The time evolution of droplet dynamics impinged on to a heated hydrophilic alumina surface at temperature of Tw with impact velocity of 0.95m/s is shown in Fig. 1. For Tw = 125°C, the subcooled droplet reaches saturation temperature on contact with the wall during the spreading of the droplet and then nucleate boiling occurs characterized by the wetted radius being equal to the spreading radius14 and bubbly boiling.15 The droplet spread is almost constant after the initial impact. We also observe similar characteristics of droplet behavior at Tw = 150°C with increase in intensity of bubbly boiling.

FIG. 1.

Hydrodynamic evolution of the droplet impingement at different wall temperatures mentioned on the left with time shown at top for hydrophilic surface (top section) and hydrophobic surface (bottom section).

FIG. 1.

Hydrodynamic evolution of the droplet impingement at different wall temperatures mentioned on the left with time shown at top for hydrophilic surface (top section) and hydrophobic surface (bottom section).

Close modal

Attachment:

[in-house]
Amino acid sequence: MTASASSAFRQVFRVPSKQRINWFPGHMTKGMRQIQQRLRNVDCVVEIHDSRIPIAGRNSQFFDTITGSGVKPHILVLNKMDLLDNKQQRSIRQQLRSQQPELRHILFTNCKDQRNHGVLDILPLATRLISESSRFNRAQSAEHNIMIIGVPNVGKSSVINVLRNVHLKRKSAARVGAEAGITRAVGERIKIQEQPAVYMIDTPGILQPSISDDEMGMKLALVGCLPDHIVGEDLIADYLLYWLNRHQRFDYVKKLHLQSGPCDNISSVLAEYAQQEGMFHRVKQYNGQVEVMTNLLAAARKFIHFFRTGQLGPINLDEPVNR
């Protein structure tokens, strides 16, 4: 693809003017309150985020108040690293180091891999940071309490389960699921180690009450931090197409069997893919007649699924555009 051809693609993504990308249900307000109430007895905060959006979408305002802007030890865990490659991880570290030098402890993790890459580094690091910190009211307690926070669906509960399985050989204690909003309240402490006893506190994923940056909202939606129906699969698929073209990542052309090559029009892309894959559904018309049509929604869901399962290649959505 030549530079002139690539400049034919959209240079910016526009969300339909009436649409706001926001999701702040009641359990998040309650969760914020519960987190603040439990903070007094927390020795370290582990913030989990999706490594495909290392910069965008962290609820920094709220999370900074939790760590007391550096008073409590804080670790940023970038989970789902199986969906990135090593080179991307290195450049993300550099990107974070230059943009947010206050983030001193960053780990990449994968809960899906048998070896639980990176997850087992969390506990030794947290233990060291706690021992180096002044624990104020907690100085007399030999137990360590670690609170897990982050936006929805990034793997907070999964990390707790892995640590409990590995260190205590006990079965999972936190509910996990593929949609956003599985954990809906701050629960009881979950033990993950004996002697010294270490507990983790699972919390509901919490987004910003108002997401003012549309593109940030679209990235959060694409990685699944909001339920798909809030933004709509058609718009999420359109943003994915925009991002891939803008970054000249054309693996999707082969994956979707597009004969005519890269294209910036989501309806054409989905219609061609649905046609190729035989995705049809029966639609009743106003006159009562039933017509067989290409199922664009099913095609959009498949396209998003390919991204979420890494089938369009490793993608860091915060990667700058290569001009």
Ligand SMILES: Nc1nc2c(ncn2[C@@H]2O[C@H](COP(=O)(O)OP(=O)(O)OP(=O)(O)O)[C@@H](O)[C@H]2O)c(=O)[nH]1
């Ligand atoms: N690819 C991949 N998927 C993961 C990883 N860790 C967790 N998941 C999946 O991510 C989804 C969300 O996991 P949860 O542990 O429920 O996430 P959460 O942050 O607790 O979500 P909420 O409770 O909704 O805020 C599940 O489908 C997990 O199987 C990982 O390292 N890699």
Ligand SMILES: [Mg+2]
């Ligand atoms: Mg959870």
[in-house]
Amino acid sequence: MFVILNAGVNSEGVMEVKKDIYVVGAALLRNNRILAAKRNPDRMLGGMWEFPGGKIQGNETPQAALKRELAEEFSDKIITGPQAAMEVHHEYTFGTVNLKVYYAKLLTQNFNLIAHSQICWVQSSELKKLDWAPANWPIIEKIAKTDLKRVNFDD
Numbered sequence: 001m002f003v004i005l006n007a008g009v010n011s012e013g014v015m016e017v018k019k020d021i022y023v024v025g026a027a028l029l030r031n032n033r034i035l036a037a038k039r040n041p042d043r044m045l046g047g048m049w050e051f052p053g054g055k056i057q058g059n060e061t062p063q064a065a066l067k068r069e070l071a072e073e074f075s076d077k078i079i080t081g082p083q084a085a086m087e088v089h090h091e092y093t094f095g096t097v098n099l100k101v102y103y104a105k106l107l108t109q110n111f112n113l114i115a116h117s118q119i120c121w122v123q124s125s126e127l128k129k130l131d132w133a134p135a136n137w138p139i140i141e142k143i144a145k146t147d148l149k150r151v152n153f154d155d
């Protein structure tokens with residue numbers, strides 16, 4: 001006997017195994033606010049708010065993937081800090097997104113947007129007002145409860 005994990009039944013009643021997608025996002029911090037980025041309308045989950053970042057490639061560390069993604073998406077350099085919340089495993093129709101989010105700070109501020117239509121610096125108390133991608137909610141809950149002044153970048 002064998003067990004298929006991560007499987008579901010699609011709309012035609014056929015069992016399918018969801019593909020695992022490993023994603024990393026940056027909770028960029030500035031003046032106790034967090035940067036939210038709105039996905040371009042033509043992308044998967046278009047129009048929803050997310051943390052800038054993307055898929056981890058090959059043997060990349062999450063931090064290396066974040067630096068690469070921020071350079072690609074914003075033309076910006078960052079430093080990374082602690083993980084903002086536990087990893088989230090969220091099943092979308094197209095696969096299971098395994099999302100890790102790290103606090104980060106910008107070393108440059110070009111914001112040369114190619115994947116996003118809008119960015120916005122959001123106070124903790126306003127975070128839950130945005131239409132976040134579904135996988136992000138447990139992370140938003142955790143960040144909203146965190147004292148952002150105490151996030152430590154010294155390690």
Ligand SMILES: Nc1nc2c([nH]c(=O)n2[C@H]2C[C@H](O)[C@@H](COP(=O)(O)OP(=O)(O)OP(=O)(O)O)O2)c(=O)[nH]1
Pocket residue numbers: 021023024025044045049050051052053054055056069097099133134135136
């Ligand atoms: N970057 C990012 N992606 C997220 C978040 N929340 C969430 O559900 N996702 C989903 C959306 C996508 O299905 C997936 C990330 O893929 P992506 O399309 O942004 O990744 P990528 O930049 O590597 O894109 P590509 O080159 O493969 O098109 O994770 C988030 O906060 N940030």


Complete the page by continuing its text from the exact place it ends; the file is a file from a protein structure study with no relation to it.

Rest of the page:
For 150°C < Tw< 250°C, we find the first sign of droplet recoil after the initial impact with further increased intensity of the bubbly boiling. Recoil phenomena occurs when the vapor layer formation starts. The contact area during the recoil stage of the droplet decreases faster with increase in wall temperature and eventually the tornado lift-off of the droplet occurs at Tw = 175°C. We observe intermittent outburst upon landing of the droplet. This happens as the film thickness is big and rate of heat transfer is not sufficient for the formation of sustainable vapor film. We know that the number of active nucleation site increases exponentially with increase in surface temperature for smooth surface16–18 and rough surface has much more nucleation sites compared to the smooth surface. So, we see first sign of initial ejection of tiny droplets through the lamella starting at Tw = 225°C known as ‘atomization’. Number and intensity of the initial ejection of the tiny droplets increases with increase in surface temperature due to higher active nucleation sites and increasing rate of formation and growth of the vapor bubbles and decrease in lamella thickness. We also observe the vapor cutback phenomena in which the end of the lamella is lifted off.19,20 At Tw = 250°C, we see the jet ejection at t = 3ms with increase in intensity of atomization as shown in Fig.1. The liftoff of the droplet happens with reduced tornado formation. The intermittent outburst is no longer observed on landing of the droplet. We believe this is the static Leidenfrost point for the surface. The intensity of jet intensity increases with increase in wall temperature until Tw = 300°C shown in Fig. 1 and after this the jet ejection is reduced with increase in atomization. As evident from Fig. 1, we see a drastic change at Tw = 325°C, where the jet ejection is minimized with highest intensity of atomization. We believe, this is the critical heat flux point where we have the largest heat flux.19 With further increase in temperature, the intensity of the atomization decreases and jet ejection is no longer observed as shown in Fig. 1 for Tw = 350°C, 475°C. The recoiling and bouncing of the droplet is more lucid.